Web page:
The administration has already prepared an evaluation report. Depending on the size of the apartment, the residents will get Rs 1.5-Rs 2 crore if they are willing to sell back to the developer. The residents, however, feel this is not enough. The association claims that the flats were bought for around Rs 6,500 per square foot while flats at nearby projects are selling for Rs 13,500-Rs 14,500 per sq foot.
“If we go for similar flats in nearby societies, we will get possession after four years. If we buy ready-to-move-in flats, these will be very expensive. The builder has ruined our lives and he should pay up to resettle us all. What the government is offering is not enough. We can get our own evaluators and tell them the price. Unless a proper compensation plan is shared with us, we will not leave our homes. We don’t want to end up like the flat owners of NBCC Green View, who are struggling to get refund even after nine months,” Hooda adds. Citing the plight of residents of NBCC Green View, who are running from pillar to post after evacuating their society, the Chintels’ residents are refusing to move till they have money in hand, even though negotiations for resettlement and compensation have already started. The NBCC Green View project was launched in 2010. The construction began in 2012 and homebuyers were given the possession of flats in 2017. It has 784 apartments, of which 260 have been sold. In November last year, the NBCC had issued directions to occupants to vacate the flats as these were deemed ‘unsafe’ in a report submitted by experts from IIT-Delhi. However, the residents refused to vacate the complex as they were seeking compensation, refund and rent in some cases from the developer. In February, after the collapse of floors of Chintel Paradiso, the administration stepped in and got the society vacated in March. They were promised fair compensation — refund with interest. Eight months have gone by, but the residents are yet to get a penny.
The buyers allege that the developer has not complied with the district administration’s order asking NBCC India to refund the amount paid by the allottees towards their flats, along with the applicable interest, as per the law.
Instead, the developer has sent an arbitrary proposal to the allottees offering the amount they paid in 2012 without interest or compensation, they said. “The developer is trying to put pressure on us to accept their one-sided offer,” says Deepak Kumar Jain, treasurer of the Green View Apartment Owners’ Association. G Mohanty, president of the association, says, “We have decided to stage protests, including a hunger strike, if justice isn’t served.”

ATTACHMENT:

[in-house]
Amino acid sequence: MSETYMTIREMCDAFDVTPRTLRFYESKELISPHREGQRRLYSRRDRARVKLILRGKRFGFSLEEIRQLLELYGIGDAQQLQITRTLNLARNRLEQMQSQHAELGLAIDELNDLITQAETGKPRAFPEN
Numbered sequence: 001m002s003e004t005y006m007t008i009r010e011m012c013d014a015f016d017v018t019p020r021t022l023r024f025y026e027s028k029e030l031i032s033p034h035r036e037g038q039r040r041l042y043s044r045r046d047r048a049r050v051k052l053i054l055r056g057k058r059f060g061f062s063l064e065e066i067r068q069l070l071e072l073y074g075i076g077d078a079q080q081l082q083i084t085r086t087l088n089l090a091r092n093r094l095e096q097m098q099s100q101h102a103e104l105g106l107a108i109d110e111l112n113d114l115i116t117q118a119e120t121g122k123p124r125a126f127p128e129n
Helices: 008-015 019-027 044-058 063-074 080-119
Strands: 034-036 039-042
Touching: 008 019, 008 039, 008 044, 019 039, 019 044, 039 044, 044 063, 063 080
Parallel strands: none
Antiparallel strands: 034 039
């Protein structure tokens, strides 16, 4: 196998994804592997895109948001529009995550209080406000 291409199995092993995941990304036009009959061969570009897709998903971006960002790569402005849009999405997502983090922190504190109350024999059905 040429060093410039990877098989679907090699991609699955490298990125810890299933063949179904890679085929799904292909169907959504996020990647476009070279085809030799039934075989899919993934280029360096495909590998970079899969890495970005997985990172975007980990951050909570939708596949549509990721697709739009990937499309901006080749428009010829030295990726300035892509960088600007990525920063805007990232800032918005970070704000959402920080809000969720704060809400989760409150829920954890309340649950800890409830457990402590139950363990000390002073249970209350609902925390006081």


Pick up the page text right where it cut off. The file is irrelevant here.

Their plight has left residents of Chintels scared and adamant on payment before evacuation.
“I poured my entire retirement fund into buying this flat. I have been duped by the builder. We are not moving till the administration and builder give us a secure future. We will take our money first, and then step out,” says Rajendra Vatsa, who moved to the society in November last.
The Gurugram administration has zeroed in on 58 societies and ordered an audit of 17 “having serious construction flaws” in the first phase that started in September. Haryana’s Department of Town and Country Planning (DTCP) has issued work orders to four structural audit agencies that will conduct a detailed survey of 17 residential buildings, both internally and externally, to record construction faults, deterioration level and damage to slabs, columns and beams. The survey will also help find the reason behind the defects. Says District Town Planner (Enforcement) Amit Madholia, “The agencies will suggest remedial measures and make recommendations about the frequency, type and location of other tests that are required to ascertain structural integrity of these buildings.”
Many developers, however, have failed to pay assessment fee or submit structural plans or details for the survey, which was to be completed in 45 days. So, while the reports are awaited, the residents want an answer to what next. “We know that the deterioration is similar to Chintels Paradiso in many societies. What will the administration or the government do? Pull down thousands of homes?” asks Praveen Malik, president of the United Association of New Gurugram. Claiming that the NBCC residents have been left in the lurch and those of Chintels Paradiso are headed the same way, he says, “What if the other societies, too, are unsafe? The authorities need to deal with the developers with an iron hand, rehabilite the homebuyers who have been defrauded, rather than just evacuating and converting them into refugees.”